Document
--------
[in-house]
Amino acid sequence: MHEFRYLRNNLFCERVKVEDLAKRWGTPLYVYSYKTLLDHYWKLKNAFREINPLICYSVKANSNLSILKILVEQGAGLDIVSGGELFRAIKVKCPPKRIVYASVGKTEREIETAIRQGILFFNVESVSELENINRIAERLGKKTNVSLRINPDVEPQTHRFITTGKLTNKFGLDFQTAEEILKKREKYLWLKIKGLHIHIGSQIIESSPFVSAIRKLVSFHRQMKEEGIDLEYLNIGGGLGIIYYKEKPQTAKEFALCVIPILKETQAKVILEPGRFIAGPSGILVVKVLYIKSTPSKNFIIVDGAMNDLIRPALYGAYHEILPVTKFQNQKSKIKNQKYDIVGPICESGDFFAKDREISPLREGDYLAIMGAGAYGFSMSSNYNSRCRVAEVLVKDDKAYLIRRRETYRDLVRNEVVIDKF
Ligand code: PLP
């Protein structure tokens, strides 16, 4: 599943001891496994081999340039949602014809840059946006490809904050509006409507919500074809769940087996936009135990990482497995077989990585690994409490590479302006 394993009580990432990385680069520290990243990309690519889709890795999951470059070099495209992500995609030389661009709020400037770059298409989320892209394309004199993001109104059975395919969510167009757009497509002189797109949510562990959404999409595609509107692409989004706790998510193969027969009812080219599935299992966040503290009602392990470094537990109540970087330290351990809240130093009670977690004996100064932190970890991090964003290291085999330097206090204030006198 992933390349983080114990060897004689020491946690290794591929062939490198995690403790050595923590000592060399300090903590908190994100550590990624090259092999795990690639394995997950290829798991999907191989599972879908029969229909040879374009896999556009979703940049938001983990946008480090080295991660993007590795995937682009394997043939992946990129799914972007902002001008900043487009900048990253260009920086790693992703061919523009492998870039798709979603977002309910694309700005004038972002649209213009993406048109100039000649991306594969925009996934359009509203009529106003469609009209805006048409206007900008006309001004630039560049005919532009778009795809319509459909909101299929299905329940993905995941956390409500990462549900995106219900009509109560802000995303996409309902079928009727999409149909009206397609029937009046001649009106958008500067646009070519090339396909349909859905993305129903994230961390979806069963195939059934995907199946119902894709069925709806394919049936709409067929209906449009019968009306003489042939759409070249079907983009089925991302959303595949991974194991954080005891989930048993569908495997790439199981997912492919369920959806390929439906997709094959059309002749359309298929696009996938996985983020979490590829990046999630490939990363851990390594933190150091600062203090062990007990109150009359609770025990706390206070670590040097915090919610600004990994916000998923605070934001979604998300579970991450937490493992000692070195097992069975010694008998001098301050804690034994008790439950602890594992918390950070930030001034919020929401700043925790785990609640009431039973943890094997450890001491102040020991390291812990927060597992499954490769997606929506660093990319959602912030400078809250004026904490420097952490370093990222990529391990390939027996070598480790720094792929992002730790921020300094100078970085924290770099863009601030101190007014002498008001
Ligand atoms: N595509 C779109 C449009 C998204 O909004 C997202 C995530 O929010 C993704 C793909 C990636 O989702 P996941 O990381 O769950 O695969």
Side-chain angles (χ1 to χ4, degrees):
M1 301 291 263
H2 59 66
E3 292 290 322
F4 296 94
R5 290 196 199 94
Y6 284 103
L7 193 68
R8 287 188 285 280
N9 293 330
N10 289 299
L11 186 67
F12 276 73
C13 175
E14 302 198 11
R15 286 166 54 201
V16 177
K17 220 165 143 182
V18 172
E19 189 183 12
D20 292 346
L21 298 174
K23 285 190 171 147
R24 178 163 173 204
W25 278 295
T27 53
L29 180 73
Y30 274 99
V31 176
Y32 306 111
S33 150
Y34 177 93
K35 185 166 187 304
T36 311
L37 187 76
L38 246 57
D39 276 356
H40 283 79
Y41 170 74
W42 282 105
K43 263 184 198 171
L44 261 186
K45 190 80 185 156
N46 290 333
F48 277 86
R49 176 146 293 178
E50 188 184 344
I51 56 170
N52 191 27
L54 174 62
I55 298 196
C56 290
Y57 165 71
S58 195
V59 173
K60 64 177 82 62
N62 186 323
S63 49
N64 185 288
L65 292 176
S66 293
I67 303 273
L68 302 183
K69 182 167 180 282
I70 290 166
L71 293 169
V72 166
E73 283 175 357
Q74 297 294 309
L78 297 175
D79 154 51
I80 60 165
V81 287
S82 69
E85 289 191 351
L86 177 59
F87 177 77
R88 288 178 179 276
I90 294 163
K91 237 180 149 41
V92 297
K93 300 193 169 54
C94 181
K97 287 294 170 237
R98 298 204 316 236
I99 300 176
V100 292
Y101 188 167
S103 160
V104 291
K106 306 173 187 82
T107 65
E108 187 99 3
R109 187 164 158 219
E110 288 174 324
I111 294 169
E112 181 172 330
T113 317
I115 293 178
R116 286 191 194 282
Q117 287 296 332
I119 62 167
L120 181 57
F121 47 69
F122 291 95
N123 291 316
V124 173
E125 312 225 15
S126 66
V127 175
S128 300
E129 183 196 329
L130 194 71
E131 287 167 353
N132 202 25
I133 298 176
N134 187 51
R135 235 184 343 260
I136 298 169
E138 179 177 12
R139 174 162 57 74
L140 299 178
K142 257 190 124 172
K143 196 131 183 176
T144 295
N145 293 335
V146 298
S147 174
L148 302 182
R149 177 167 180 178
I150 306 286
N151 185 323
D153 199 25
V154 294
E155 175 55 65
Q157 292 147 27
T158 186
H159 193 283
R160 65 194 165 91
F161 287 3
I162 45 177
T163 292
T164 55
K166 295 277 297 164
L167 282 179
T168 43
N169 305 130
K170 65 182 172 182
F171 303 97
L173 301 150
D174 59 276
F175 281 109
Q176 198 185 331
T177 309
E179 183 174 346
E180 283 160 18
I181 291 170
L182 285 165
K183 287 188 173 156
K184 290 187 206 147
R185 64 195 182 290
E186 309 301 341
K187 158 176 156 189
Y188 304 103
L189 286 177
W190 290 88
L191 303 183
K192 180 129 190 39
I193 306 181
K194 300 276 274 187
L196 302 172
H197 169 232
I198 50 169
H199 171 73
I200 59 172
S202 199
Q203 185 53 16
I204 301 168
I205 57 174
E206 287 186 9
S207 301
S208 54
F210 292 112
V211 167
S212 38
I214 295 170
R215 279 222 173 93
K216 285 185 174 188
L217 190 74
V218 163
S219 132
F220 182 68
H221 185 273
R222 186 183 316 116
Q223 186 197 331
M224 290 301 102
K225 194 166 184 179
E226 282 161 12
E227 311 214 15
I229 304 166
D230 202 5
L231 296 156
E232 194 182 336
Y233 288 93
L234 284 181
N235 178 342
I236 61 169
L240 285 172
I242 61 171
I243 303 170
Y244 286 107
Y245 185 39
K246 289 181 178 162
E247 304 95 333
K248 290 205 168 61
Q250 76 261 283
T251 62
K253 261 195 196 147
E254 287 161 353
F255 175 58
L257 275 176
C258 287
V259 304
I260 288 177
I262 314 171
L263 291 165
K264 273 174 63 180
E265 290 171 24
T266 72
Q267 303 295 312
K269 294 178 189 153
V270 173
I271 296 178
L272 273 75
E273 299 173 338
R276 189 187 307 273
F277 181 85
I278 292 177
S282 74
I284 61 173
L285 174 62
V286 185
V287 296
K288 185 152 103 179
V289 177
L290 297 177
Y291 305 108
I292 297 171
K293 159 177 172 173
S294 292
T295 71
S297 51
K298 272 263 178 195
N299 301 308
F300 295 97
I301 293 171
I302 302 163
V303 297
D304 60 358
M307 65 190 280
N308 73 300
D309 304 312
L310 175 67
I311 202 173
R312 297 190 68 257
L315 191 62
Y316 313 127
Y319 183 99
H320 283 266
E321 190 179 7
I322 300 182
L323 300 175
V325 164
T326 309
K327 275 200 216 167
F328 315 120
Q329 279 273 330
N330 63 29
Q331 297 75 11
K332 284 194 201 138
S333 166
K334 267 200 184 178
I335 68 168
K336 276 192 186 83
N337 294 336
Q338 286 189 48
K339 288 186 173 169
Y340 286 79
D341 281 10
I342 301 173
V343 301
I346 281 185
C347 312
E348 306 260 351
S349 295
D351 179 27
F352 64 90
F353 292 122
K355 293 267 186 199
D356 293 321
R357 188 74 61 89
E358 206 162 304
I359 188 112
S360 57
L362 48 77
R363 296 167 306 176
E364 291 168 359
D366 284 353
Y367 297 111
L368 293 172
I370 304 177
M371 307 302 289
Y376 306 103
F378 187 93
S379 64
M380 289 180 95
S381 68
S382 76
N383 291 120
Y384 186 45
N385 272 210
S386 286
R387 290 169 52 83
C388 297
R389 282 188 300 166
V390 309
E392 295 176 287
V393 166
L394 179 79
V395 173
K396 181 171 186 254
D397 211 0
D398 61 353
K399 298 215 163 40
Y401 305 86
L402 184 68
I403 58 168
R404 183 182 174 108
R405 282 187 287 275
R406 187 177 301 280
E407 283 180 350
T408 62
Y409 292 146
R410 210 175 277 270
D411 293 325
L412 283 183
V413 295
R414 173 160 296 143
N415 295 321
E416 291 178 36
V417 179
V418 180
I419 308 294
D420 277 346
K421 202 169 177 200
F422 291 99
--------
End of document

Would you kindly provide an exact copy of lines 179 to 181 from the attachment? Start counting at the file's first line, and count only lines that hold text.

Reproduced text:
H199 171 73
I200 59 172
S202 199